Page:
This collection contains the California Open Educational Resources Council (CA OER) list of peer-reviewed textbooks for Principles of Microeconomics (common course-id ECON 201) , one of the top 50 college courses identified for inclusion in the California Open Online Library for Education (COOLforEd).
This is an introductory course focusing on choices of individual economic decision-makers. Topics include scarcity, specialization and trade, market equilibrium, elasticity, production and cost theory, market structures, factor markets, and market failure.
Minimum Units: 3.0
Prerequisite(s): Elementary Algebra
Advisories/Recommendations: Intermediate Algebra
Course Content: Fundamentals of Economic Thinking Scarcity Opportunity Costs Production Possibilities Marginal Analysis Rational Behavior Positive v. Normative Distinction How Markets Operate Definition of a market Factors of production Supply and demand Price mechanism Producer and consumer surplus Price controls Elasticity Consumer demand Production and cost in the firm Introduction to the production function Marginal and average product Law of diminishing returns Explicit and implicit cost Accounting profit v. economic profit Total cost, average cost and marginal cost in short-run Short-run production decisions Long run average cost curve Economies and diseconomies of scale Market structures Perfect competition Monopoly Monopolistic competition Oligopoly Introduction to factor markets Market failure and public policy Specialization and gains from trade
Laboratory Activities (if applicable):
Course Objectives: At the conclusion of this course, the student should be able to:
Utilize the concept of scarcity to explain economic trade-offs, opportunity costs, and rational behavior. Calculate and interpret measures of elasticity. Demonstrate how markets function and what happens in the presence of market failures. Analyze production and costs of the firm. Demonstrate how firms attempt to optimize their objectives in response to price signals under a variety of market structures in the short and long-run.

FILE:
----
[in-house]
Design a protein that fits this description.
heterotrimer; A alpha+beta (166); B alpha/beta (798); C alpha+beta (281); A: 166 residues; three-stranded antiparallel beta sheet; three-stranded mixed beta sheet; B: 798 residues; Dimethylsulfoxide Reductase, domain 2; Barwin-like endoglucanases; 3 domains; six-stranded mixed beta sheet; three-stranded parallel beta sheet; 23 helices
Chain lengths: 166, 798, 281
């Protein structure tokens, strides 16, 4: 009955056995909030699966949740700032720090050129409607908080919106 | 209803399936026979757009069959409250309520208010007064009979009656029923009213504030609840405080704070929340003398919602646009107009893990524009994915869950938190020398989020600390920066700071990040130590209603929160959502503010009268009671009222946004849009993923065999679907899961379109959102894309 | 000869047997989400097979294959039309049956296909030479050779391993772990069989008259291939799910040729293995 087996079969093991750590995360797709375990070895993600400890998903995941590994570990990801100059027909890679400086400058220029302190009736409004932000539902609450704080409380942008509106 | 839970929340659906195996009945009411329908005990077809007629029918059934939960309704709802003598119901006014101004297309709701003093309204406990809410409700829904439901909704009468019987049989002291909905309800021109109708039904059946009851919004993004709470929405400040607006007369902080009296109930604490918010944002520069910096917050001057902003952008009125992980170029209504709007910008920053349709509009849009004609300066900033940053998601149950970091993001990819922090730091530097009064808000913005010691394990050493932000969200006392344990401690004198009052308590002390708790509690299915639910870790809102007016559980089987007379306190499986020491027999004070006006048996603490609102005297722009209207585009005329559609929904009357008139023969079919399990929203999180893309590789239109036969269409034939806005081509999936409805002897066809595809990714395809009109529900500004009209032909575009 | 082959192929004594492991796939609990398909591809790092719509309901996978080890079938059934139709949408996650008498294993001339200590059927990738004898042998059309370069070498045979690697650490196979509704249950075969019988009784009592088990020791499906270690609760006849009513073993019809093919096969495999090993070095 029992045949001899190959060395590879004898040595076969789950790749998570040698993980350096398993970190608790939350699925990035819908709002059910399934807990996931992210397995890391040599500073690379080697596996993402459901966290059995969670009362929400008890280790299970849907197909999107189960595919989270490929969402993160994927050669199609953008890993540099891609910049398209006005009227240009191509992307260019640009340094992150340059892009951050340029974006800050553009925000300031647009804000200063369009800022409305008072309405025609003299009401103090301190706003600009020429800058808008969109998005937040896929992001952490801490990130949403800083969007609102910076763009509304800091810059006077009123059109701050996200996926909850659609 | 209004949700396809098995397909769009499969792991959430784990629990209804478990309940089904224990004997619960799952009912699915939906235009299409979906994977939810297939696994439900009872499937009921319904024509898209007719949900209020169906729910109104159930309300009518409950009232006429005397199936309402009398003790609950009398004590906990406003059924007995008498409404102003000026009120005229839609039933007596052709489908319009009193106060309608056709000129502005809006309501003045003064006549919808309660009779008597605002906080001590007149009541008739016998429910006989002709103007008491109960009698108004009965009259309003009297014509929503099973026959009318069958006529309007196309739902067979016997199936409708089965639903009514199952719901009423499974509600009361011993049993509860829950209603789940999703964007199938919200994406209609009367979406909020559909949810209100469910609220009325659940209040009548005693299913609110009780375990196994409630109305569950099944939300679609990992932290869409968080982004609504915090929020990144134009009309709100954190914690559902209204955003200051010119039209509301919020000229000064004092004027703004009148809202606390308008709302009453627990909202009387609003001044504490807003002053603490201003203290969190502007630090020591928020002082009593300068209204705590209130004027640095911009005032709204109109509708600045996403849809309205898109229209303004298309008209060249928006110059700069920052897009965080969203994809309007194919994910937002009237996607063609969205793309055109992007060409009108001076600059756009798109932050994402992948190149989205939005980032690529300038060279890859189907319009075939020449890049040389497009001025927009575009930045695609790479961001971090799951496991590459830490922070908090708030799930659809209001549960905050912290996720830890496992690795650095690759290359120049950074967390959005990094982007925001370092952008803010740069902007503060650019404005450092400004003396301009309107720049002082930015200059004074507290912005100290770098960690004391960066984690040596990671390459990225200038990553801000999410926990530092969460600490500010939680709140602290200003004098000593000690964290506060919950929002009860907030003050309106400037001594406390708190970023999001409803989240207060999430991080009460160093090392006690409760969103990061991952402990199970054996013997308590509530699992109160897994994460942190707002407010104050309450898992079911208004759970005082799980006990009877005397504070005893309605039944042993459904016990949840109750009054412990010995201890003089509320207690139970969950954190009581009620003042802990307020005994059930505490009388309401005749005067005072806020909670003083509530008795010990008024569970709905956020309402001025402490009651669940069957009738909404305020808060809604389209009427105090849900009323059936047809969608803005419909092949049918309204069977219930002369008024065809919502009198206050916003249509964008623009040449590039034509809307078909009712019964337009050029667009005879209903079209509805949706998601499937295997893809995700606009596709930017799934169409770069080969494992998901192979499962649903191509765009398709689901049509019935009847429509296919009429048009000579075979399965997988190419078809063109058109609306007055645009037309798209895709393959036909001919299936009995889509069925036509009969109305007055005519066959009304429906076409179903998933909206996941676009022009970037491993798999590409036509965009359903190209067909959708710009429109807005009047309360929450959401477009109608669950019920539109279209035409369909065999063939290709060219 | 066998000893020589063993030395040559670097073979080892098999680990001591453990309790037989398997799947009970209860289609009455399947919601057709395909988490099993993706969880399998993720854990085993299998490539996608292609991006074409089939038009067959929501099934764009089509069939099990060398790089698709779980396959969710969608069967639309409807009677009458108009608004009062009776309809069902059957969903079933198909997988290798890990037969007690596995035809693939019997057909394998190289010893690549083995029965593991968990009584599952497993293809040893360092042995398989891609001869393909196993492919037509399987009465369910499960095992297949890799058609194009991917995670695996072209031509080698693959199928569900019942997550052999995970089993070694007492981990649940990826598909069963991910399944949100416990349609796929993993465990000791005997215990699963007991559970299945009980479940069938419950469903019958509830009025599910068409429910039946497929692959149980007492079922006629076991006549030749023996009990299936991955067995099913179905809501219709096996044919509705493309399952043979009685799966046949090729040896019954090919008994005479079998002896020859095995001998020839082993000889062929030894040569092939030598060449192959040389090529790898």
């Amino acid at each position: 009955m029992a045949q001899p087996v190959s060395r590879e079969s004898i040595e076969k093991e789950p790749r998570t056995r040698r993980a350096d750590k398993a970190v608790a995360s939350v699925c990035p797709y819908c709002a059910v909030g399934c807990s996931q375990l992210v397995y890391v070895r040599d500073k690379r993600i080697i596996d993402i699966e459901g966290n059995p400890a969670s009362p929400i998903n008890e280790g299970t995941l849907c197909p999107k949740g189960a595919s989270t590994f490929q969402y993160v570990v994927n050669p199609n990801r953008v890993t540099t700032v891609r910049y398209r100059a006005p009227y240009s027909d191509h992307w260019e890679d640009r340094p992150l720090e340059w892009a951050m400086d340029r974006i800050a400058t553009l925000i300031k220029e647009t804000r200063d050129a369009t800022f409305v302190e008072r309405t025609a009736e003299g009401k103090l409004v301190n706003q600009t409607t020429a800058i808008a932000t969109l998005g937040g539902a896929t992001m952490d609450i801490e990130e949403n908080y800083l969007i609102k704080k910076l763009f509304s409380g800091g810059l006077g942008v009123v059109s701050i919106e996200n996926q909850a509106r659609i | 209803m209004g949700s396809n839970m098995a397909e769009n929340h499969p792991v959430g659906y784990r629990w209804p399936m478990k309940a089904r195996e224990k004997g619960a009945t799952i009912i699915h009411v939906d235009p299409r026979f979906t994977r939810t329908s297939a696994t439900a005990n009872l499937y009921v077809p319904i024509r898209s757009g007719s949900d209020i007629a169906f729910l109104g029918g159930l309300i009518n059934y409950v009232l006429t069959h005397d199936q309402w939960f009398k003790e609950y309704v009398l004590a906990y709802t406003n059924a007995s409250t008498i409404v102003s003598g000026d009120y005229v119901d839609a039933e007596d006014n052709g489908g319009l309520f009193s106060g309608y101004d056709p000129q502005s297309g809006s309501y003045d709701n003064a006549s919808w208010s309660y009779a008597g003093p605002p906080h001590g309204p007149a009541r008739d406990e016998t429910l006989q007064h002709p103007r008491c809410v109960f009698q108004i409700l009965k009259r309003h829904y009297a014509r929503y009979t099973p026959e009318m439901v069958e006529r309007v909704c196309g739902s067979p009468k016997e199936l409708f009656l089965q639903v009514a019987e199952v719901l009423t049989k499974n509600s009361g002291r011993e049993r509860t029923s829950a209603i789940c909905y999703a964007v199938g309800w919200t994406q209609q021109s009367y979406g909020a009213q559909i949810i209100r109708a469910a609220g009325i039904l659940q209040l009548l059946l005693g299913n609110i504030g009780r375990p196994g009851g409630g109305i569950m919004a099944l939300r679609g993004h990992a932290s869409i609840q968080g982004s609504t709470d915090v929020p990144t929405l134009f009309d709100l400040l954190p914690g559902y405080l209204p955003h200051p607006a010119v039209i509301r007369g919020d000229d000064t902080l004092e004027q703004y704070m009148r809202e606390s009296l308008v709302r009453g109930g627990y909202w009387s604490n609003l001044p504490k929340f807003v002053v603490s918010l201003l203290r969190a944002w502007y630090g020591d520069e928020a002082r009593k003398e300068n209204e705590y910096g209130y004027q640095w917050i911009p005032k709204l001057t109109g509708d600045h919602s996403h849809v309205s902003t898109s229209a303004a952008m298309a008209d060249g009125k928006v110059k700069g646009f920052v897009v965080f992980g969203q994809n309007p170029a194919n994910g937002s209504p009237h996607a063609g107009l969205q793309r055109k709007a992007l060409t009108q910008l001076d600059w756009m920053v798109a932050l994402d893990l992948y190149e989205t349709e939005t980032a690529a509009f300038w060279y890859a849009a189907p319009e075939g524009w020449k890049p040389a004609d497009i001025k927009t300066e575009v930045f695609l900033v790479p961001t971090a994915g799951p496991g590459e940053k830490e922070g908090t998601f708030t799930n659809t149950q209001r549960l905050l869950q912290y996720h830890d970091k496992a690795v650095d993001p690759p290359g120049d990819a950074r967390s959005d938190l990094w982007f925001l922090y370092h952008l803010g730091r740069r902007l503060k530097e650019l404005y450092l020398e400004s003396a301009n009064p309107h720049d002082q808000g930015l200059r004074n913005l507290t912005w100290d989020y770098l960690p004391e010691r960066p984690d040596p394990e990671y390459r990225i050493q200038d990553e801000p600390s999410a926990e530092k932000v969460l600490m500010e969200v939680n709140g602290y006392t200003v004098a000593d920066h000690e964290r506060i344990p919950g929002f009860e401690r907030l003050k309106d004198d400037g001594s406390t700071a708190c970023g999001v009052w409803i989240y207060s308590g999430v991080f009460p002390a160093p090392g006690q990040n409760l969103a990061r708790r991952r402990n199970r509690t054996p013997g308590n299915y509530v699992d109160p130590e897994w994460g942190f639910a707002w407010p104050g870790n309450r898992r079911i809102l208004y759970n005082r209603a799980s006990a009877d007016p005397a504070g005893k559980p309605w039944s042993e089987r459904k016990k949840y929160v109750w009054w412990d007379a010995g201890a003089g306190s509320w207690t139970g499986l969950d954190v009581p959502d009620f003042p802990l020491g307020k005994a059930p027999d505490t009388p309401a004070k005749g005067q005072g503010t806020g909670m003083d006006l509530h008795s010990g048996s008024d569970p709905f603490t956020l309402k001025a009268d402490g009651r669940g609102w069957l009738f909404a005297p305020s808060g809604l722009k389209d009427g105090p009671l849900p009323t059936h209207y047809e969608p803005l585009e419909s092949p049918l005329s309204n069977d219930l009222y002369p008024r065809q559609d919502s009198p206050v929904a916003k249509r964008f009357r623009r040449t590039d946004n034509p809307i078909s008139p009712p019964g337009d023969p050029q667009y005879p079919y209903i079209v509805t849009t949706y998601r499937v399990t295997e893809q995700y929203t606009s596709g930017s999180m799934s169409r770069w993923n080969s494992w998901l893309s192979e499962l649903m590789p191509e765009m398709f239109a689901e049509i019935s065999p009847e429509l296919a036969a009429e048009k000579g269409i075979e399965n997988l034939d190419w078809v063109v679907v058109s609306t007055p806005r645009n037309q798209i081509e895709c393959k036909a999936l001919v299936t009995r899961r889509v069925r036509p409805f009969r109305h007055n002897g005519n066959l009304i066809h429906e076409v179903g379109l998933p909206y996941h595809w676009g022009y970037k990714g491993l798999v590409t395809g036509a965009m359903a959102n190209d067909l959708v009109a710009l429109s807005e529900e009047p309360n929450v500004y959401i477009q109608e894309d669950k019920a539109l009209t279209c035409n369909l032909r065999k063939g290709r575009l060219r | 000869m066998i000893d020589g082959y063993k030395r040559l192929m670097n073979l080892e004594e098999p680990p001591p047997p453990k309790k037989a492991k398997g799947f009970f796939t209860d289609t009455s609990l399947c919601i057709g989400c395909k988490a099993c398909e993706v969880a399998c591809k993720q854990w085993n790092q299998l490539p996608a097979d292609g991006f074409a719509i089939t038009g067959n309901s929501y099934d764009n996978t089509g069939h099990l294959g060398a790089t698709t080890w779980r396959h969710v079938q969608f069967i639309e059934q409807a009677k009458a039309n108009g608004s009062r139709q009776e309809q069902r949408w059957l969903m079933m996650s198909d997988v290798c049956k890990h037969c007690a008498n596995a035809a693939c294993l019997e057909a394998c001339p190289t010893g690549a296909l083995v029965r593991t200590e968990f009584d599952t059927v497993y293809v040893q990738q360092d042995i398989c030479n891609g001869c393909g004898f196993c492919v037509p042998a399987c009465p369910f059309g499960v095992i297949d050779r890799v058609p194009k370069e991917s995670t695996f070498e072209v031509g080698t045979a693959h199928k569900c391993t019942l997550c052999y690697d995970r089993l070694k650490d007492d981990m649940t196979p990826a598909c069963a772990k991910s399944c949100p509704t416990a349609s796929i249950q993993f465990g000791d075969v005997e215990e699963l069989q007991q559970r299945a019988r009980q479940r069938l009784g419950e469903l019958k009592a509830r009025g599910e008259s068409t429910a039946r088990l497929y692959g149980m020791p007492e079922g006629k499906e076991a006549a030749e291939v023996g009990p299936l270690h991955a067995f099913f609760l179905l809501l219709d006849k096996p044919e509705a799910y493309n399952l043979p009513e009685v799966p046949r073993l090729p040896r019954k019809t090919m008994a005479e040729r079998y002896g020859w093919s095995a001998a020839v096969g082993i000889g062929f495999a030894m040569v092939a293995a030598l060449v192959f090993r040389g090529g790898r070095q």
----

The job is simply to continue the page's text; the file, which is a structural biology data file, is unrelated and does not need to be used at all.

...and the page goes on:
Methods of Evaluation: Assessed written work is recommended for this course and may include any of the following (colleges are encouraged to work with local CSU and UC departments to determine writing requirements):
This low-cost textbook v2.0 available from Flat World Knowledge introduces college students to microeconomics. Authors Rittenberg and Tregarthen have written both a microeconomics and macroeconomics textbook and use integrating themes to present economics so that students realize that it is a unified discipline and not an array of seemingly unrelated topics. The integrating theme for microeconomics is the marginal decision rule, a simple approach to choices that maximize the value of some objective. Following its presentation in an early microeconomics chapter, the marginal decision rule becomes an integrating device throughout the discussion of microeconomics.
Each chapter features pedagogical devices to aid student mastery:
Heads Up sections clarify potentially confusing aspects of each concept.
You Try It sectionsencourage students to walk through scenarios related to concepts and ideas.
Case In Point sections feature real-world applications to ground the concepts in reality.
Bookboon’s free text authored by Sanjay Rode provides an explanation of modern microeconomic theories with simple examples in 5 chapters. Consumer equilibrium, production function, game theory, information economics and social welfare are the major topics of this book. It features systematic analysis of consumer utility and behavior illustrating the decision making of the consumer.
Each chapter features questions at the end and chapter 6 provides a bibliography for further exploration.
Russell and Andrew’s open textbook presents all the theory that is standard in Principles books. But by beginning with applications, students get to learn why this theory is needed. The authors take the kind of material that other authors put in “applications boxes” and place it at the heart of their book.
Each chapter is built around a particular business or policy application, such as minimum wages, the stock exchange, and auctions. The authors’ applications-first approach ensures that students will not see chapters with titles like “Cost Functions” or “Short-Run Fluctuations”. They introduce tools and ideas as and when they are needed. Each chapter is designed with two goals. First, the application upon which the chapter is built provides a “hook” that gets students’ attention. Second, the application is a suitable vehicle for teaching the principles of economics.
Important tools appear over and over again, allowing students to learn from repetition and to see how one framework can be useful in many different contexts. These are collected separately in a “toolkit” that provides students with an easy reference and also gives them a condensed summary of economic principles for examination preparation.
OpenStax College's text authored by Taylor and Greenlaw covers the scope and sequence for a one-semester microeconomics course. The text also includes many current examples, including; the Keystone Pipeline, Occupy Wall Street, and debates over the minimum wage. The pedagogical choices, chapter arrangements, and learning objective fulfillment were developed and vetted with feedback from educators dedicated to the project. The outcome is a balanced approach to economics and to the theory and application of economics concepts.
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